The Case Against Vista Part 1

Today, I am here to start to make the business case against Microsoft’s new Operating System called Windows Vista. I will consider this topic from the point of view of a business entity. I’ll take a look at the history of the OS and the features that are different between Vista and XP, we’ll also look at some of the costs involved migrating to Vista.

First, let me introduce myself from a systems administration view. I presently am a systems administrator for the State of Delaware (I don’t think the specific agency I work for is important so I’ll not disclose that information). I have been an admin for over 12 years. I have handled migrations from Windows 3.1 to Windows NT4/Windows ’95, Windows 98 to XP, and Windows 2000 to XP.

Before we get to the nuts and bolts of Vista’s features (and I don’t plan for this to be a review of Vista), let’s look at some of the history of the Windows OS. Windows 3.1, as anyone who ever dealt with this OS on a regular basis would tell you, was a nightmare to administer. For those of you who are new to the computer game, I’ll tell you that for Windows 3.1 you had the following problems:

  1. There was no built in network support. So, in order for you to allow it to use a network, you had to load a Novell (or whatever Network Operating System you used) client on the machine at startup. Additionally, Novell did not use TCP/IP to communicate, so if you needed TCP/IP on the machine (for connectivity to other non-Novell network devices or to the Internet) you also had to load a TCP/IP client at startup.
  2. You had the 8.3 limit on file names. This was a huge pain in the butt for new users to grasp.
  3. Windows 3.1 was built on top of DOS, so most of your programs had a 640K memory limit. As mentioned above though, you had to load the network clients. This impacted your DOS memory limit.
  4. No Plug and Play hardware support. This meant that every hardware device (CD ROM’s, modems, NIC cards, etc) needed to have settings (and sometimes DIP switches on the device itself) set. An interesting aside: When people ask me how I learned my computer knowledge, I always tell them that I’d love to give them an old Packard Bell SX-25 and have them hook up a modem, video card, sound card, and then get either Lucas Arts games or DOOM to properly work. Then they’d understand how a computer geek 20 years ago learned his craft. He had to. It was the only way to get the damn thing to work!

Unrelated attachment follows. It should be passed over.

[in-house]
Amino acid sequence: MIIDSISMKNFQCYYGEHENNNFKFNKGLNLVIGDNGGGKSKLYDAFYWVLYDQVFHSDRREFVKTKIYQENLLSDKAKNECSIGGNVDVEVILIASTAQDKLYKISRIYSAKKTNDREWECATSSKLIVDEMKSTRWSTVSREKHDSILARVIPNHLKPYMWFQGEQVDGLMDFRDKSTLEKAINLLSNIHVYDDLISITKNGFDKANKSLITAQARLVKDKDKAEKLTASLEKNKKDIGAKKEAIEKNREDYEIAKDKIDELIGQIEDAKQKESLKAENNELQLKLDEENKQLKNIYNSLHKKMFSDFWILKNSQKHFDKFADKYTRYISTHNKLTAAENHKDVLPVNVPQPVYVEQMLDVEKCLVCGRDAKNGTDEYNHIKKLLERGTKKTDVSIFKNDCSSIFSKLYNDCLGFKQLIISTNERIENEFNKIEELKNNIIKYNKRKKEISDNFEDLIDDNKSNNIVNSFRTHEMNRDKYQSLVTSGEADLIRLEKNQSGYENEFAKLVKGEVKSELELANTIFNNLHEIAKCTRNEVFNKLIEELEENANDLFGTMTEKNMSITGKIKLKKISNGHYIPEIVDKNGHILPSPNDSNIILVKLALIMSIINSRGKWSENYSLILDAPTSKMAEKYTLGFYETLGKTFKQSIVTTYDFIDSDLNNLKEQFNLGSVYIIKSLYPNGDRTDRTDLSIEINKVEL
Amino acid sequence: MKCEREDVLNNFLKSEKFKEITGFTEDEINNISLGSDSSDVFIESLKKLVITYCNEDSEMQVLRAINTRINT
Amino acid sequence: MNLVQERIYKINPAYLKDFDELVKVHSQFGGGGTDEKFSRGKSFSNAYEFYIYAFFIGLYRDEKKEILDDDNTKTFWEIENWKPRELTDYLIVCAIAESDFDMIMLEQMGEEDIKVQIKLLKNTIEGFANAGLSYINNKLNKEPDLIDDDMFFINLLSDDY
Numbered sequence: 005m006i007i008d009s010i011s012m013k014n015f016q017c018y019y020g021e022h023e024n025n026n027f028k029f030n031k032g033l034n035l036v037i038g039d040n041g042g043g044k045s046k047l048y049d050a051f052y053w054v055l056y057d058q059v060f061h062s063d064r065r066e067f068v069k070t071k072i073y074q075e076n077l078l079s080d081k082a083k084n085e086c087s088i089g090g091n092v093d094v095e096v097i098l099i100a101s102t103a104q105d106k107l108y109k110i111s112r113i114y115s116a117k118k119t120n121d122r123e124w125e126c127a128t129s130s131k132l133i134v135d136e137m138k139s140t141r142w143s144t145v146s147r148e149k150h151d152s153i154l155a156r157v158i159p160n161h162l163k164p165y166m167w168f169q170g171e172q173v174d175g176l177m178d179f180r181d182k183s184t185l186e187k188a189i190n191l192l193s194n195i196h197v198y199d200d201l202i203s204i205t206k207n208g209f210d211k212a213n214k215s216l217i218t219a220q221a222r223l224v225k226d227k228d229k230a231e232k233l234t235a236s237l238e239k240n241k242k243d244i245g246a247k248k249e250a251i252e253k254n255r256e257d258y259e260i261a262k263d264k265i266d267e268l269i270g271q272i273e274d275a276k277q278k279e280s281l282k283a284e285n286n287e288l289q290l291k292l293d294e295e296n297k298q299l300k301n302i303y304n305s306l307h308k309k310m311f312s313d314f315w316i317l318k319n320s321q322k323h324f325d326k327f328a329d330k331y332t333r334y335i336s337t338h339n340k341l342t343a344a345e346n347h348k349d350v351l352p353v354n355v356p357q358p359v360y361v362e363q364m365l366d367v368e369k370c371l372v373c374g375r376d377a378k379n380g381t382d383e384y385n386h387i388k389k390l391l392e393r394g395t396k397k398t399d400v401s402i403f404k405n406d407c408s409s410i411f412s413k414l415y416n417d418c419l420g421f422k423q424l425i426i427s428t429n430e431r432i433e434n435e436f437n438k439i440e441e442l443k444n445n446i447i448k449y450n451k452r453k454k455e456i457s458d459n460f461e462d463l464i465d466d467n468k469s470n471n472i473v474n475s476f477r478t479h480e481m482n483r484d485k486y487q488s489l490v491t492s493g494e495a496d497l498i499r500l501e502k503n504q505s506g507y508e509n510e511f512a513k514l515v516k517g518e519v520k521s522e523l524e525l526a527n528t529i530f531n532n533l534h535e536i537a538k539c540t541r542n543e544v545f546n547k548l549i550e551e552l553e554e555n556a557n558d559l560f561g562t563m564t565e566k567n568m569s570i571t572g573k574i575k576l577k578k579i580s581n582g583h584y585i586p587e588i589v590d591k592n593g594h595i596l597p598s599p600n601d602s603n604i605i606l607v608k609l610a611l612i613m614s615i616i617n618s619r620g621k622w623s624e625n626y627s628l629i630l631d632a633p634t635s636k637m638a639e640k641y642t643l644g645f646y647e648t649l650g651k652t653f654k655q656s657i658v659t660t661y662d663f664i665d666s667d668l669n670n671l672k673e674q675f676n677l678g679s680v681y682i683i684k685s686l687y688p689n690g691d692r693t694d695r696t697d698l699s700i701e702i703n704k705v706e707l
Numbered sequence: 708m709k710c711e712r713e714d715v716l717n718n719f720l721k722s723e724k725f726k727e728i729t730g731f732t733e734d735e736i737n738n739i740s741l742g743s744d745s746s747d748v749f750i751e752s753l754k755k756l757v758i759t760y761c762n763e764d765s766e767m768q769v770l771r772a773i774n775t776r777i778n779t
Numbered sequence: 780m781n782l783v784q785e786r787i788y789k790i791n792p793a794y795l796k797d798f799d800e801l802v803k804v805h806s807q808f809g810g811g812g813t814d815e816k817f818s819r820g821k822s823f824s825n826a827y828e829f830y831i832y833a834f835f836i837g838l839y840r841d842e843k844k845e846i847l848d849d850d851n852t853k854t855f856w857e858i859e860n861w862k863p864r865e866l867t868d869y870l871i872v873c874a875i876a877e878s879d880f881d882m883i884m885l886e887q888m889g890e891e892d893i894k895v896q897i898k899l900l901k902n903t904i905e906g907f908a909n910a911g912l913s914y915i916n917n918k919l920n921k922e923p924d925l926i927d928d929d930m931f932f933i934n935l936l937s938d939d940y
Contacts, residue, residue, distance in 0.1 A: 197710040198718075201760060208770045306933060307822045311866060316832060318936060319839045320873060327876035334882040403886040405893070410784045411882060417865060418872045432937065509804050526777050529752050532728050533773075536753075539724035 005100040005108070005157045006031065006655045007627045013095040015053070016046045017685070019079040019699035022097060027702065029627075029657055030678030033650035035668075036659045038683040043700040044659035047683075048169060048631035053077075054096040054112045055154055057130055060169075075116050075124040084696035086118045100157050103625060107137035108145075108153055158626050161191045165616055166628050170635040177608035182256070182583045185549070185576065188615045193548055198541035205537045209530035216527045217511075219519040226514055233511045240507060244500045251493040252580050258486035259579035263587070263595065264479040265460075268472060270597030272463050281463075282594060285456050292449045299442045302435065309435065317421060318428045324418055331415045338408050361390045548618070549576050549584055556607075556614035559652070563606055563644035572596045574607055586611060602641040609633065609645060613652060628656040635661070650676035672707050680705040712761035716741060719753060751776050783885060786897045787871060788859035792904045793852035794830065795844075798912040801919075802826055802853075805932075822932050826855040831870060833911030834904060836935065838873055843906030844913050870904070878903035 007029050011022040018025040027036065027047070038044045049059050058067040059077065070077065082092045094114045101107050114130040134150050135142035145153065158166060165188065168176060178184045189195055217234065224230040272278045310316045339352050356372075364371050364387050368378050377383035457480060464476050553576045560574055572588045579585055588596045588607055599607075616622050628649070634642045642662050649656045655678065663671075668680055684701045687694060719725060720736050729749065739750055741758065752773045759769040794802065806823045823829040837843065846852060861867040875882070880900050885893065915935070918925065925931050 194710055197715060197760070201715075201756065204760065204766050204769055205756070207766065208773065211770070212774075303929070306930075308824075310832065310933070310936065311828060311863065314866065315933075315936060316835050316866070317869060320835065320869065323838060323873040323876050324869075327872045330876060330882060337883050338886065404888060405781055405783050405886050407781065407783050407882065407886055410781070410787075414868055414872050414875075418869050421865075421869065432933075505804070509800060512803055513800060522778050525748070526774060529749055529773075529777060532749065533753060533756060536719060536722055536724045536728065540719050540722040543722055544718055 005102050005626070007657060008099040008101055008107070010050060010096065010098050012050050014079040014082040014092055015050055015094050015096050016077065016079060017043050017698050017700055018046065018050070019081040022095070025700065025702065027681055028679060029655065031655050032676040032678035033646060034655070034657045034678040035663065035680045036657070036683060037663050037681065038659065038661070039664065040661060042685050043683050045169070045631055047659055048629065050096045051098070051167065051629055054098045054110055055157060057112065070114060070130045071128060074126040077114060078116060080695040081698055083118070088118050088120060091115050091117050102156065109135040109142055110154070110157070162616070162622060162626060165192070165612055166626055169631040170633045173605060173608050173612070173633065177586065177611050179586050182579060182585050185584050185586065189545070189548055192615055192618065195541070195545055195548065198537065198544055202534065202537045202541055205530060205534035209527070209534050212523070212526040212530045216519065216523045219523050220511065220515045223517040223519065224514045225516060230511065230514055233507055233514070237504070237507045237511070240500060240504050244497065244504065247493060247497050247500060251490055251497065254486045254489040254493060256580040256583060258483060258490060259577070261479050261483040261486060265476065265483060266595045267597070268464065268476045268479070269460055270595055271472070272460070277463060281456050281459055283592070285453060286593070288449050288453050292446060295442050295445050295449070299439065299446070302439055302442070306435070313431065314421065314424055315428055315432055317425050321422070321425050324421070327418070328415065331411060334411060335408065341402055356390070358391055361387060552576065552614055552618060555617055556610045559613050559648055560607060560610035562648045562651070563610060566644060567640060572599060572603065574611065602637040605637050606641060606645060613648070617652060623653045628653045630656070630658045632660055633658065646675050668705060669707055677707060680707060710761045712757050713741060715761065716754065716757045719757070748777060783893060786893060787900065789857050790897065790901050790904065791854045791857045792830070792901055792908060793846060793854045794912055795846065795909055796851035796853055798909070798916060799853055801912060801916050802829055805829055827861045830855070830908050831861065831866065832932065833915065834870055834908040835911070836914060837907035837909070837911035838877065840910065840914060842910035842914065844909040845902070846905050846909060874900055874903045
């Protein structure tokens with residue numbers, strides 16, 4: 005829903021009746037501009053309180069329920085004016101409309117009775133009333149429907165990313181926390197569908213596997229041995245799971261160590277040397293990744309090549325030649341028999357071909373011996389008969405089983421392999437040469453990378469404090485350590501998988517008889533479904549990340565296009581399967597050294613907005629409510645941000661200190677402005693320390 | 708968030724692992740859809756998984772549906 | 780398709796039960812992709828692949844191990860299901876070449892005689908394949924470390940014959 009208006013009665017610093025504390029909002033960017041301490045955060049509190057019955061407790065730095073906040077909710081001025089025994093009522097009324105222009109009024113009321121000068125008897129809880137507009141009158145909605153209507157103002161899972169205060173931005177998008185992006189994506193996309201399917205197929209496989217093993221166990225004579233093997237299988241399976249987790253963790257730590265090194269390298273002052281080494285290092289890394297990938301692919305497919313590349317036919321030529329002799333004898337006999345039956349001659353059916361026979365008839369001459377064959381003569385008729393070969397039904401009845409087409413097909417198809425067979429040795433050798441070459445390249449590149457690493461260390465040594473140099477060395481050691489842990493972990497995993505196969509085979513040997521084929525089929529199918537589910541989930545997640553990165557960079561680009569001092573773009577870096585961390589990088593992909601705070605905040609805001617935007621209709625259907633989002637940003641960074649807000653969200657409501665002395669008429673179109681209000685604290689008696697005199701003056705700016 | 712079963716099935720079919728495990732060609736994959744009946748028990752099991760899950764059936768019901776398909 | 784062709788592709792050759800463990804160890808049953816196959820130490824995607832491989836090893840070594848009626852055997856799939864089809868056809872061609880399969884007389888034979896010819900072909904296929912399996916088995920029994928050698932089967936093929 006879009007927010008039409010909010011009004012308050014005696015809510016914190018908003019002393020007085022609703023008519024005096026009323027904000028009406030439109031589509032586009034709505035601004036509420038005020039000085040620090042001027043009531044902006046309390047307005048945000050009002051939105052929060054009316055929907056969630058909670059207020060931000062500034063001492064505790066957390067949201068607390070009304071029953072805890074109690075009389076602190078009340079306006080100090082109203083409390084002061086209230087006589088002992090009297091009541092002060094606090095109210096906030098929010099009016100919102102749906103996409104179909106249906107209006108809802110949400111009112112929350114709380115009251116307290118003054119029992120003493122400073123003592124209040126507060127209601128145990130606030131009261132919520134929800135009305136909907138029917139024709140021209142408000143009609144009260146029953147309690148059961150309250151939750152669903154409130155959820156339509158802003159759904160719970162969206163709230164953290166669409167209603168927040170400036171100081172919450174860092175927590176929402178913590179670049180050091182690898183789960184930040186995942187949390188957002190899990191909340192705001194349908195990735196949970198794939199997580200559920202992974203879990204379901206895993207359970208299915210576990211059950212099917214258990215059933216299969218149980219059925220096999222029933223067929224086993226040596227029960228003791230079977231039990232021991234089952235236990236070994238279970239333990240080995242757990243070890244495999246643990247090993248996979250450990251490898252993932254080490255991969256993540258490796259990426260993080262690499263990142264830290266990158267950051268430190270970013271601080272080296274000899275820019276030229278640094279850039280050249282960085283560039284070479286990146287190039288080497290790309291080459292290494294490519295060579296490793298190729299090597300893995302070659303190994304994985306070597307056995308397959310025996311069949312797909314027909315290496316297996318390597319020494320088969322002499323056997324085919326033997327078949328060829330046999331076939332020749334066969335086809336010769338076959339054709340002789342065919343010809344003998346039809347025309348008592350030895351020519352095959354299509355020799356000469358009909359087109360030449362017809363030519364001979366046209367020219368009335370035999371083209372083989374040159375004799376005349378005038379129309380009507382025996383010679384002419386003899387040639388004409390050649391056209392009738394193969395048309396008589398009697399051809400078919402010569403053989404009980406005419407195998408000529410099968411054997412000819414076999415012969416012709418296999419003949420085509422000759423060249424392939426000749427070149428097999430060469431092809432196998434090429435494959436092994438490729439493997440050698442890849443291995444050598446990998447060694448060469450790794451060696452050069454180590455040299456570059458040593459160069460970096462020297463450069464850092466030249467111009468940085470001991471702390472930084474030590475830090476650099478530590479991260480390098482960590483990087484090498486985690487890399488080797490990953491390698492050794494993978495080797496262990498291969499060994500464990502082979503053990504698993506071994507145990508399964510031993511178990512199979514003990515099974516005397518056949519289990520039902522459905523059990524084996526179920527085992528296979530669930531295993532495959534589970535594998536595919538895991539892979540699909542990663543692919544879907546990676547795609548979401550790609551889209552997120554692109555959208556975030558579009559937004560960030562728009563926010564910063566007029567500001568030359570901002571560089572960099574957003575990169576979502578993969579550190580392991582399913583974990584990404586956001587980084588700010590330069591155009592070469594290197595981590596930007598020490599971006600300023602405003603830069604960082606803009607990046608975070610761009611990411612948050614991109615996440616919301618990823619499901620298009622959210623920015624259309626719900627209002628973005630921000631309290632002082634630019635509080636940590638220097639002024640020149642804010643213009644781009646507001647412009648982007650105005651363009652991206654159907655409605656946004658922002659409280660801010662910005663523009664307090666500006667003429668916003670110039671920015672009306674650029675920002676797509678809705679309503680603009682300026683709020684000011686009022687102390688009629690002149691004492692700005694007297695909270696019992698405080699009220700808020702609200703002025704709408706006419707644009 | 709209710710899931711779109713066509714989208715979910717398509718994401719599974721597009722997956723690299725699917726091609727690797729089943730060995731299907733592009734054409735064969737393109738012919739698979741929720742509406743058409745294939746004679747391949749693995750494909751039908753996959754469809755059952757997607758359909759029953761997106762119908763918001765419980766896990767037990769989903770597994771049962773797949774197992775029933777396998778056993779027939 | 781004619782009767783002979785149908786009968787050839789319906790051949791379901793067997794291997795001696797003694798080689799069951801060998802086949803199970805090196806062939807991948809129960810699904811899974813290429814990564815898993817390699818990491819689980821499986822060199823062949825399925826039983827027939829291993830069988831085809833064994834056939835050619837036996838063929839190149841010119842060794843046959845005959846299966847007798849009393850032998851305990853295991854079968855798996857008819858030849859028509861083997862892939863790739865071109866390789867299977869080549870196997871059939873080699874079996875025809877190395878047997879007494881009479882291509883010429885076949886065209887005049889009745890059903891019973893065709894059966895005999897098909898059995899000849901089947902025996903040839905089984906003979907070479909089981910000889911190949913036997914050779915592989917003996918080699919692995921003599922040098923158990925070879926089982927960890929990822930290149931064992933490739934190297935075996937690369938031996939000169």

5. With the DOS memory limit above, you had to use edit config.sys and autoexec.bat so that your programs might work. When installing a new program/game you needed to check your XMS and/or EMS memory so that your computer could run the program/game without crashing too much J. This entailed editing the config.sys and restarting, then rinse and repeat, until your EMS/XMS was right. Most of the time, I had a boot menu that entailed different loading scenarios in order to get my software to work right. For instance, if I was playing a game, I’d only load stuff that I needed. No printers, no crazy fonts, no network protocols, etc.

My point with all of this rambling, is that there was a BUSINESS NEED to replace Windows 3.1 when Windows 95 came out. My next post will cover that

Vista at Home

I’m blogging this using my new home computer with Word 2007 and Windows Vista. I’ve been running Vista at home since yesterday and I have a few insights (I think)

  1. I’m still lost, but I am slowly finding my way around this new operating system.
  2. User Account Control (UAC) is still a pain, but I’m going to leave it on for now.
  3. I’ve run into next to NO crashes yet, and I’m hopeful that this will stay the same
  4. Although using Word 2007 seems OK, I find that I’m using the help function for a lot of things that I know how to do in Word 2003

I’ll deal with more detail as I go along. Feel free to comment, rant, etc.

Vista or Not?

As part of my day job, I am in the middle of evaluating Windows Vista and Microsoft Office 2007. Tommorow (Jan 31st) I am driving up to Philly for a Microsoft Launch event where I’m looking to get all the free stuff πŸ™‚ I can grab.

I’ve been using Vista for a few days at work, and here are my first impressions:

  1. I now have no clue where anything is anymore.
  2. The new User Account Control (UAC) is a real pain.
  3. I doesn’t seem any faster (or slower either).
  4. I’m not sure I see the point (more on that later).

When I get back tommorow I’ll blog some more about some of my thoughts on this topic.